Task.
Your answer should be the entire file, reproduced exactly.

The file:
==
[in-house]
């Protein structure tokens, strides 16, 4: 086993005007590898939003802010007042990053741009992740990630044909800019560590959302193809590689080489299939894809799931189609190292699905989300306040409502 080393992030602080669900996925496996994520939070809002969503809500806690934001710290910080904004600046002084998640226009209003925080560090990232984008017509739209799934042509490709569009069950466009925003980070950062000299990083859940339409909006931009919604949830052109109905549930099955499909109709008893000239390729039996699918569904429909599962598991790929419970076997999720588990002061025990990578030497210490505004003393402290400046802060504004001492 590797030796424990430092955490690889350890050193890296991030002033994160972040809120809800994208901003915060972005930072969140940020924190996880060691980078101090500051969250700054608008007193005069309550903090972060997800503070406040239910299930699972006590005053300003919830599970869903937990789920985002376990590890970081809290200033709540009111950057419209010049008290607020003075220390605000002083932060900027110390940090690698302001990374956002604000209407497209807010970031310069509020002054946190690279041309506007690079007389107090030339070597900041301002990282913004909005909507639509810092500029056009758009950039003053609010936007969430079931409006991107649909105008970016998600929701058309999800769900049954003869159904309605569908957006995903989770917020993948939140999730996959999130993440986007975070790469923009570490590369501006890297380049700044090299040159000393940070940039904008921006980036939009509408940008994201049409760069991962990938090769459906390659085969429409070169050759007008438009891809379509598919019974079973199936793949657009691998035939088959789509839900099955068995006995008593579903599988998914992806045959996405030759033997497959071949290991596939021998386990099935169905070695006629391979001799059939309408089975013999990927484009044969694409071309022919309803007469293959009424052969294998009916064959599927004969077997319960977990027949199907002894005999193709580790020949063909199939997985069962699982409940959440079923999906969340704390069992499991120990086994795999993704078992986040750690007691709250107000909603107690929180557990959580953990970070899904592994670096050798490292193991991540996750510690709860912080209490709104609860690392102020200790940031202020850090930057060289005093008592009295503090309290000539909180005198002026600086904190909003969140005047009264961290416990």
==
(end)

[in-house]
């Protein structure tokens, strides 16, 4: 086993005007590898939003802010007042990053741009992740990630044909800019560590959302193809590689080489299939894809799931189609190292699905989300306040409502 080393992030602080669900996925496996994520939070809002969503809500806690934001710290910080904004600046002084998640226009209003925080560090990232984008017509739209799934042509490709569009069950466009925003980070950062000299990083859940339409909006931009919604949830052109109905549930099955499909109709008893000239390729039996699918569904429909599962598991790929419970076997999720588990002061025990990578030497210490505004003393402290400046802060504004001492 590797030796424990430092955490690889350890050193890296991030002033994160972040809120809800994208901003915060972005930072969140940020924190996880060691980078101090500051969250700054608008007193005069309550903090972060997800503070406040239910299930699972006590005053300003919830599970869903937990789920985002376990590890970081809290200033709540009111950057419209010049008290607020003075220390605000002083932060900027110390940090690698302001990374956002604000209407497209807010970031310069509020002054946190690279041309506007690079007389107090030339070597900041301002990282913004909005909507639509810092500029056009758009950039003053609010936007969430079931409006991107649909105008970016998600929701058309999800769900049954003869159904309605569908957006995903989770917020993948939140999730996959999130993440986007975070790469923009570490590369501006890297380049700044090299040159000393940070940039904008921006980036939009509408940008994201049409760069991962990938090769459906390659085969429409070169050759007008438009891809379509598919019974079973199936793949657009691998035939088959789509839900099955068995006995008593579903599988998914992806045959996405030759033997497959071949290991596939021998386990099935169905070695006629391979001799059939309408089975013999990927484009044969694409071309022919309803007469293959009424052969294998009916064959599927004969077997319960977990027949199907002894005999193709580790020949063909199939997985069962699982409940959440079923999906969340704390069992499991120990086994795999993704078992986040750690007691709250107000909603107690929180557990959580953990970070899904592994670096050798490292193991991540996750510690709860912080209490709104609860690392102020200790940031202020850090930057060289005093008592009295503090309290000539909180005198002026600086904190909003969140005047009264961290416990």